I have a post about BYOD incubating (for weeks), but did want to post my thoughts on this.
Just checked out a Palo Alto Networks sit-down talk today with Nir Zuk (Palo Alto), Rich Mogull (Securosis), and Mark Bouchard (thank you for not making this over my lunch hour!) doing a live-video discussion titled, “Coming to Grips with Consumerization.” Of course, I took some notes.
– users want to tailor their damn devices; the perception of mobile devices supports this where users may expect customization with mobile devices where traditional computers have less of this perception. I agree with this for the most part, especially if people are expecting to carry this *and* their own personal devices at the same time. People will want less devices, thus just one that covers both work and personal.
– this mobile issue isn’t new. I don’t have much to say about this, but once you really sit down, the fundamental issues here really aren’t new. Protect data. Manage devices. That was true 10 years ago and is still true today. It’s just more difficult today because of how BYOD/consumerization has evolved. This is a good thing to bring up early, since many (even me) get hung up on this being a brand new issue.
is the problem truly just lack of device management? This was a great discussion, and I think this is a huge, huge problem. If not the biggest one: we can’t manage these damn devices people want to use for business purposes. Keeping in mind installed apps, blacklisted apps, bad uses/configurations, inappropriate use, etc, as part of this topic.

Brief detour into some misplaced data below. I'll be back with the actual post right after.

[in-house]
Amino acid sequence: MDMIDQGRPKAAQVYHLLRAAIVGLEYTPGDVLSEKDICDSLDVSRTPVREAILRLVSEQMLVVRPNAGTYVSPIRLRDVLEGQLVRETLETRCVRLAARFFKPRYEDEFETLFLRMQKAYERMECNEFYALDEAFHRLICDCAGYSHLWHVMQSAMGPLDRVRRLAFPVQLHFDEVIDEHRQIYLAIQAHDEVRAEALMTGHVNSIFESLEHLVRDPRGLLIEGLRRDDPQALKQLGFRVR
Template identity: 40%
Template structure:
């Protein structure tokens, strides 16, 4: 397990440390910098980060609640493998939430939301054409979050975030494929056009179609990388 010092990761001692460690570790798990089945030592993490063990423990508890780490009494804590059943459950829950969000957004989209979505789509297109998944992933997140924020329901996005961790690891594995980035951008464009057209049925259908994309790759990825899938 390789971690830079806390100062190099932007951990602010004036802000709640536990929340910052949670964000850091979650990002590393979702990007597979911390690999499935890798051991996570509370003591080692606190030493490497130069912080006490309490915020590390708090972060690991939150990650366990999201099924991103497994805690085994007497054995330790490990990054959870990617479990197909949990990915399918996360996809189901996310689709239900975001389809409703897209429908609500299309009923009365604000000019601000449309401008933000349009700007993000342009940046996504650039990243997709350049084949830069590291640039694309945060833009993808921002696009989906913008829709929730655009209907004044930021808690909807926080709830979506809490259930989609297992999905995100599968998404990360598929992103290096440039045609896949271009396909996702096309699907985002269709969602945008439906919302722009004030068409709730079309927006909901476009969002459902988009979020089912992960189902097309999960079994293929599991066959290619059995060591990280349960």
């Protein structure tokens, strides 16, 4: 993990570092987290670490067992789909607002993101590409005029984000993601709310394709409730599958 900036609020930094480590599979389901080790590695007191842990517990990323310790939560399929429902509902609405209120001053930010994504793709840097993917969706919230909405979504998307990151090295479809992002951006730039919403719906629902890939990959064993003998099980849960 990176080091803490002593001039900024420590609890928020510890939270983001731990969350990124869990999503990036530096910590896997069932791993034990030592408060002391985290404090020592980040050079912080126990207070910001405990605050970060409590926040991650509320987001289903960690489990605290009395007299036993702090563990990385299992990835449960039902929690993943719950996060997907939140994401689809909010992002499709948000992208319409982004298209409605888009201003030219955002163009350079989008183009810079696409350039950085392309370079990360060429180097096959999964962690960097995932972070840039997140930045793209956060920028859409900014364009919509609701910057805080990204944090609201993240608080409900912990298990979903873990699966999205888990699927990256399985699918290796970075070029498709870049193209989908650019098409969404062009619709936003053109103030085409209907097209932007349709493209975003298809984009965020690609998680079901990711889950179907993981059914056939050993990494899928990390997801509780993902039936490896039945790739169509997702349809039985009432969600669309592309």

data assurance is a new key (somewhat). Again, no difference to traditional computers, only now we have less tools to assure this on these new mobile devices. Remote wiping is just not assurance enough.
“make sure bad things don’t get into the device,” quote from Nir. Kinda sounds like the same problem with any computer for a long time, yeah? Sadly, corporation protections have *less* tools to do this, even as Android/Apple give users better tools to manage their apps and stuff (with arguable oversight). Traditionally, we have device lockdowns, least privs, and endpoint protections. With these new devices, we don’t have these tools really at all, or when we do, they’re usurped.
some talk about network-based protection/inspection. While I love this idea because it sits squarely in the technical side of things, especially on the network/sec teams, I think it is dangerous to rely on inspection visibility for security in the future. There will continue to be pressure to encrypt and hide traffic in motion. And it’s a whole new discussion about how we want privacy but also want visibility; we can quickly talk out both sides of our mouth.